When Indian troops 1 first arrived in France from the end of September 1914, they were greeted with flowers and gifts, a signal that the French were very grateful for their contribution. Our records illustrate the moment. In a diary entry from 8th (Jullundur) Infantry Brigade, the entry for the day conveys the warmth of the reception:
‘During my journey from MARSEILLES the troops had a magnificent reception from the people. Crowds were gathered at the stations where troop trains stopped and in many places along both sides of the Railway who cheered the troops. Along the whole route fruit of all kinds, coffee, biscuits & flags & flowers were given to the troops by the French people. Nothing could have exceeded the kindness & hospitality with which the French Civilians & soldiers received all ranks.’
This sense of gratitude was extended when the Indian Comforts Fund 2 was set an express target to provide comforts to Indians serving on the Western Front, unable to go home. Our records capture something of this sense in the correspondence from Sir Walter Lawrence (who had been appointed Commissioner for the Welfare of Indian Troops) to Lord Kitchener (Secretary of State for War and a Cabinet Minister). Nearly hundred years to the day, Lawrence writes to Kitchener on 14 Dec 1915 saying that the little things count and that the Indians are impressed by the care taken about their religious/ caste observances and extremely grateful for the temporary mosque and arrangement for reading holy scriptures.
Lawrence’s letters also provide important insights into the very personal matters and feelings of the sepoys, and their keeness to get back home and look after their affairs, ‘The hundreds of Sepoys’ letters which I have read show that Sepoys serving in Europe are genuinely anxious to get back home to look after their affairs. Their enemies in the village are trying to seize their land; they have trouble about their debts; and they are anxious to look after marriages and other domestic details which form so important a part of the life of an Indian’ 3. This has been the starting point for our new Outreach project on the theme of care and comfort which aims to explore some of the stories behind the official records as a way of engaging new and diverse audiences, building on earlier outreach activities:
Using a series of creative writing and craft activities, participants have started to make items and convey messages that start to simulate what may have been going on for troops and families from around the world in the First World War. This is proving to be a powerful way of engaging diverse communities with a story that many may feel is either not relevant to their lives or very remote. And this is important, maybe even a way of using accounts of colonial service as a way of building and renewing harmony and cohesion in these troubled times 4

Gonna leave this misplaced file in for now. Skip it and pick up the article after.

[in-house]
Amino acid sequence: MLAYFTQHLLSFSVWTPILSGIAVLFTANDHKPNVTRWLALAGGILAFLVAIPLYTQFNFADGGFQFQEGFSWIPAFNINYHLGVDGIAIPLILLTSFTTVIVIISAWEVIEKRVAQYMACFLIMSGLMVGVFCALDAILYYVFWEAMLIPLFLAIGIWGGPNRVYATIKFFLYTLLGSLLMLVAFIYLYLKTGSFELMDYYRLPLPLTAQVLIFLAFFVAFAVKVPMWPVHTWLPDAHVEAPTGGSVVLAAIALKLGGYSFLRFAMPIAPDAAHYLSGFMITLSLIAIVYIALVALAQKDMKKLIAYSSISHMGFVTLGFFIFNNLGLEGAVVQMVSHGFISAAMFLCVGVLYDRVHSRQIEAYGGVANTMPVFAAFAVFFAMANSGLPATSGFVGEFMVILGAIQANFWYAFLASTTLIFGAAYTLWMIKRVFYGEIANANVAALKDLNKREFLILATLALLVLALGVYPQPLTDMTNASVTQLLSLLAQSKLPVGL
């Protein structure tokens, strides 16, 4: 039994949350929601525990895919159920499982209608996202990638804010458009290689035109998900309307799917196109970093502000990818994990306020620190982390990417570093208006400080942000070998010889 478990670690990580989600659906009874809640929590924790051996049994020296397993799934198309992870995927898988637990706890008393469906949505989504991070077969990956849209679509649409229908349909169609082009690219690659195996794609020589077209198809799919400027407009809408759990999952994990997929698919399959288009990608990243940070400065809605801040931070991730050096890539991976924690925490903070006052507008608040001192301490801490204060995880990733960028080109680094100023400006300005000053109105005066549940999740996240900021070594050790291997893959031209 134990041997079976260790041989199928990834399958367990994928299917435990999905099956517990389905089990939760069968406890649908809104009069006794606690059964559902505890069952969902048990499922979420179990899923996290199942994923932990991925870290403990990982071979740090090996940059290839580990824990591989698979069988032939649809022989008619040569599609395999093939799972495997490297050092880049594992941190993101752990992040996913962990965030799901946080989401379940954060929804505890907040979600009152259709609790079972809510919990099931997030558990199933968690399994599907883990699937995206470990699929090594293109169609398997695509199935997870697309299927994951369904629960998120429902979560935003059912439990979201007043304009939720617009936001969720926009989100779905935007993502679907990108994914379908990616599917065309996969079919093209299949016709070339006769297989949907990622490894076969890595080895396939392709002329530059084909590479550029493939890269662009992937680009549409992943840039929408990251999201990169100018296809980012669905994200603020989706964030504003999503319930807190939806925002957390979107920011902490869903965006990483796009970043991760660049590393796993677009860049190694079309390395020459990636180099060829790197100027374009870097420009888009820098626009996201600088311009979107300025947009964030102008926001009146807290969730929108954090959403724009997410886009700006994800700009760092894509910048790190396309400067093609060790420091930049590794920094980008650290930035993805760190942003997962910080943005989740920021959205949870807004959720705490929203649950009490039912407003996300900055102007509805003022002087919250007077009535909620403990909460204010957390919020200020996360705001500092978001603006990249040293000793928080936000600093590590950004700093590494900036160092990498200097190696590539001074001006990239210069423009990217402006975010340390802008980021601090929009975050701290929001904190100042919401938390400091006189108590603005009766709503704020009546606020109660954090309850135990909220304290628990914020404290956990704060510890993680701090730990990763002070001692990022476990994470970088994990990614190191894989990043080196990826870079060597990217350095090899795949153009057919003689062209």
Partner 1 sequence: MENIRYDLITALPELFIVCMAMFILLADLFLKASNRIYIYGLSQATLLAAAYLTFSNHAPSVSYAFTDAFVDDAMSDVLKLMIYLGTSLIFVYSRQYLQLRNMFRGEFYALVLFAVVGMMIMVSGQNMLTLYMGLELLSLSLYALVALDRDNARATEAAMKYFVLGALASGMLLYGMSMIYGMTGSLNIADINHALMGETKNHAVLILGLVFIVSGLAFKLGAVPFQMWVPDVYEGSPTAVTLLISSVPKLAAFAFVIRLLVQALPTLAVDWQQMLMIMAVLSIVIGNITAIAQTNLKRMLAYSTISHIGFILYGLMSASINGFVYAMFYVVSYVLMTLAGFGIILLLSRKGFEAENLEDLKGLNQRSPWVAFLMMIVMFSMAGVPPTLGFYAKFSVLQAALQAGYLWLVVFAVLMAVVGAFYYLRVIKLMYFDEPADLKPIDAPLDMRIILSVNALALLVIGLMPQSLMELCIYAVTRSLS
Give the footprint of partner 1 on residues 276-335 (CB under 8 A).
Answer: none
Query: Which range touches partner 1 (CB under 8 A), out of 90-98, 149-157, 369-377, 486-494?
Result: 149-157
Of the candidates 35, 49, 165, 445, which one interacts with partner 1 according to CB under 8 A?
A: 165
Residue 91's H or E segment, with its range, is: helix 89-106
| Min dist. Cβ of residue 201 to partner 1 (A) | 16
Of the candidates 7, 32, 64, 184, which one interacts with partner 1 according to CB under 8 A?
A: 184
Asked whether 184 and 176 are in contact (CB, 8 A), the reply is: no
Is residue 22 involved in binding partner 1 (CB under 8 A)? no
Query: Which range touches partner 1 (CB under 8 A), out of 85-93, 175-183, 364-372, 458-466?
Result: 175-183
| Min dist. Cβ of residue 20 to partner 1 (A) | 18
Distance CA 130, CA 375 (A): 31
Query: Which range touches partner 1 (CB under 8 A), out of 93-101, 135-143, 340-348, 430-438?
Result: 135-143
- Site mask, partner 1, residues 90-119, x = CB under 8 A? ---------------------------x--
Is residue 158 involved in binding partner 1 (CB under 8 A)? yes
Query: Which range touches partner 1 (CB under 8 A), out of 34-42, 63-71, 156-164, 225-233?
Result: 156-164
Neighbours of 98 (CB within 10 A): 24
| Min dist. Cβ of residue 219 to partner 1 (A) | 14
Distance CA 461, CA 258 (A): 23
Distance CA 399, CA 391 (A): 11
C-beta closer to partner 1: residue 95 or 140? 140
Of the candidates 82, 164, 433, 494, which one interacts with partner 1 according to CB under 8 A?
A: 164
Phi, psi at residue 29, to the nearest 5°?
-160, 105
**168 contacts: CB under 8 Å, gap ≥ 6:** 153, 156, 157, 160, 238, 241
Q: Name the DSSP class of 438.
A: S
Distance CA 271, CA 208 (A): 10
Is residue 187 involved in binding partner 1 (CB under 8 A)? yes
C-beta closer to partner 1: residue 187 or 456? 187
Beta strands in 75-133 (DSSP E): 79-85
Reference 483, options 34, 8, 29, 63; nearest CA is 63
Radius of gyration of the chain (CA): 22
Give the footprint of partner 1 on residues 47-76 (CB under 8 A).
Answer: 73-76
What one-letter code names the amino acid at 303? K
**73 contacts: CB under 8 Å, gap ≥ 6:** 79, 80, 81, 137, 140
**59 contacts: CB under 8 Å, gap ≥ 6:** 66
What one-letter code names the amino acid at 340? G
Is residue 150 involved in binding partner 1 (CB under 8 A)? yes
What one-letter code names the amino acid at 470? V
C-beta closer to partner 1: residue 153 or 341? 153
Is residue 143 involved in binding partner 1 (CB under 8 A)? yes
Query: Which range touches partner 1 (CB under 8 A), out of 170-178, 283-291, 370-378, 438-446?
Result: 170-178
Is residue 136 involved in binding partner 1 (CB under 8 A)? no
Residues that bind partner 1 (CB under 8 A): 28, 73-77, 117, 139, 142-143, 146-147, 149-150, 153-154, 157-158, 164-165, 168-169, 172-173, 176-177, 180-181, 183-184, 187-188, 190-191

The above is a photo of the Neighbourly Care group in Southall making lids out of brass for gift boxes inspired by Princess Mary gift boxes 5, personalising these to reflect their own cultural backgrounds.
Further images of the Neighbourly Care Group and Katherine Low Settlement’s Contact Club taking part:
In a subsequent workshop people were invited to write a letter to someone serving in the war, including a personal message as to why they are sending a gift box and what they hope to achieve by sending it. The following is a letter written in Tamil with English translation:
‘Dear Soldier Raju, I saw in picture you are carrying First Aid Bag. Therefore I will give a gift box for you. Its mango drink and chocolate cake and Sound of Music cassette also I like to give some Jasmine flowers. Thank you, Your Friend’
Our records capture the official voice, however within these records reference is made to those very personal voices of the sepoys too. Whilst we do not have the personal letters that exist in other collections, we have a way through our records to engage new audiences. At a recent talk, Dr Santanu Das suggested that whilst the colonial record may appear to show the imperial view, it would be wrong to simply discount the experience of the sepoy contained within that record 6. In the absence of large collections of records capturing the sepoy experience, it is our ability to look closely and imaginatively at the official records, to make connections and to make them relevant to a far larger group of people that is likely to be key. In so doing it provides an important insight into the war, a way for people to access the material and through the telling of very human stories a way of bridging gaps between people by highlighting what we share and not what makes us different.
- 1. Also referred to as sepoys. ↩
- 2. The Indian Comforts Fund, set up in 1914, was initiated to supply home comforts and gifts to Indians serving in the First World War. ↩
- 3. Lawrence correspondence – 15 June 1915 p5-6 ↩
- 4. Dr Santanu Das, Army and Navy Club talk, 16 Nov 2015 ↩
- 5. Princess Mary (daughter of King George V), keen to support the war effort, decided to send a personal gift, as a token of gratitude, to all troops serving from Britain on Christmas Day 1914. Between 1914-8, 2.5 million boxes were successfully sent to those fighting for Britain during the First World War. ↩
- 6. Dr Santanu Das talk at Army and Navy Club, 16 November 2015. Dr Das also took part in a podcast highlighting the importance of using other records. ↩